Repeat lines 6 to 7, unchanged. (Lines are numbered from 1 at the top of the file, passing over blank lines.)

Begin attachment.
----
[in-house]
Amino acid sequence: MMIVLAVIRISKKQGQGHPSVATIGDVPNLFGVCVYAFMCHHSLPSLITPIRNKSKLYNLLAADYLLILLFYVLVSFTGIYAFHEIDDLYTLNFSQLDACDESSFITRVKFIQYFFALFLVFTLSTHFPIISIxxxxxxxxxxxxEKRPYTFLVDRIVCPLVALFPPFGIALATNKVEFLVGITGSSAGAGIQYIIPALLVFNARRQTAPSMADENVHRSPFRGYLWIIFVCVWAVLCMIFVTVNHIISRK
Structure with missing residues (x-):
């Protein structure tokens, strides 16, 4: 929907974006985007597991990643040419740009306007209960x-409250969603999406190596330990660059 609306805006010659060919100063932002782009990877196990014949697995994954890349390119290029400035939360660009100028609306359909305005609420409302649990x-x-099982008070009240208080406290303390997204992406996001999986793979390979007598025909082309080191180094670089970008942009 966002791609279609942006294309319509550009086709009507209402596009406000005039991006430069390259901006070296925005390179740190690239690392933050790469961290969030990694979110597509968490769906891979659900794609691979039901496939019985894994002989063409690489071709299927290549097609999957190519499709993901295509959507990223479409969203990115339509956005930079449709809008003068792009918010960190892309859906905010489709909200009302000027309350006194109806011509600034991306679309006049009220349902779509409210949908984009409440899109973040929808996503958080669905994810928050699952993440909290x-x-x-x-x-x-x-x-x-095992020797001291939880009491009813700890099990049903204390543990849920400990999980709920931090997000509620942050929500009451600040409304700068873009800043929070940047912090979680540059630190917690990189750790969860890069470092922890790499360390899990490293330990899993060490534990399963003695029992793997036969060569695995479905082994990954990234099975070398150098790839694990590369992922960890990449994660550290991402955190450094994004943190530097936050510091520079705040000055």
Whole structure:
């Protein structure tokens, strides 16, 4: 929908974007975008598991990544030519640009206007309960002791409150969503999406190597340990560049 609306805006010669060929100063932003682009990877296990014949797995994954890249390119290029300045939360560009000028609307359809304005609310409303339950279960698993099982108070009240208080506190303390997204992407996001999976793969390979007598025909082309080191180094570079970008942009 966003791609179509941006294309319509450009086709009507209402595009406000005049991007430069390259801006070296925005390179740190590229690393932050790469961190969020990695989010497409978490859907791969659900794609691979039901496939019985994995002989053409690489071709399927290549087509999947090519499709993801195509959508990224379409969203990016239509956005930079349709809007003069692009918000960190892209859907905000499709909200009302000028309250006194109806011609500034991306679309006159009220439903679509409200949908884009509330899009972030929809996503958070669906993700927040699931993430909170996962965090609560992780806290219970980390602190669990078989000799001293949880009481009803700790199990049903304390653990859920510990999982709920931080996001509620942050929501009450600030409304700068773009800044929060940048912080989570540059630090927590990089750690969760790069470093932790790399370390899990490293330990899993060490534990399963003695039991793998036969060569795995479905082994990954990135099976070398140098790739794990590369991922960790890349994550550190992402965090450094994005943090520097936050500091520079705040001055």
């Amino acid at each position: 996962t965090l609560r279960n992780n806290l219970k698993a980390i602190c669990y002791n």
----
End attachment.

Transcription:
């Protein structure tokens, strides 16, 4: 929908974007975008598991990544030519640009206007309960002791409150969503999406190597340990560049 609306805006010669060929100063932003682009990877296990014949797995994954890249390119290029300045939360560009000028609307359809304005609310409303339950279960698993099982108070009240208080506190303390997204992407996001999976793969390979007598025909082309080191180094570079970008942009 966003791609179509941006294309319509450009086709009507209402595009406000005049991007430069390259801006070296925005390179740190590229690393932050790469961190969020990695989010497409978490859907791969659900794609691979039901496939019985994995002989053409690489071709399927290549087509999947090519499709993801195509959508990224379409969203990016239509956005930079349709809007003069692009918000960190892209859907905000499709909200009302000028309250006194109806011609500034991306679309006159009220439903679509409200949908884009509330899009972030929809996503958070669906993700927040699931993430909170996962965090609560992780806290219970980390602190669990078989000799001293949880009481009803700790199990049903304390653990859920510990999982709920931080996001509620942050929501009450600030409304700068773009800044929060940048912080989570540059630090927590990089750690969760790069470093932790790399370390899990490293330990899993060490534990399963003695039991793998036969060569795995479905082994990954990135099976070398140098790739794990590369991922960790890349994550550190992402965090450094994005943090520097936050500091520079705040001055």
């Amino acid at each position: 996962t965090l609560r279960n992780n806290l219970k698993a980390i602190c669990y002791n």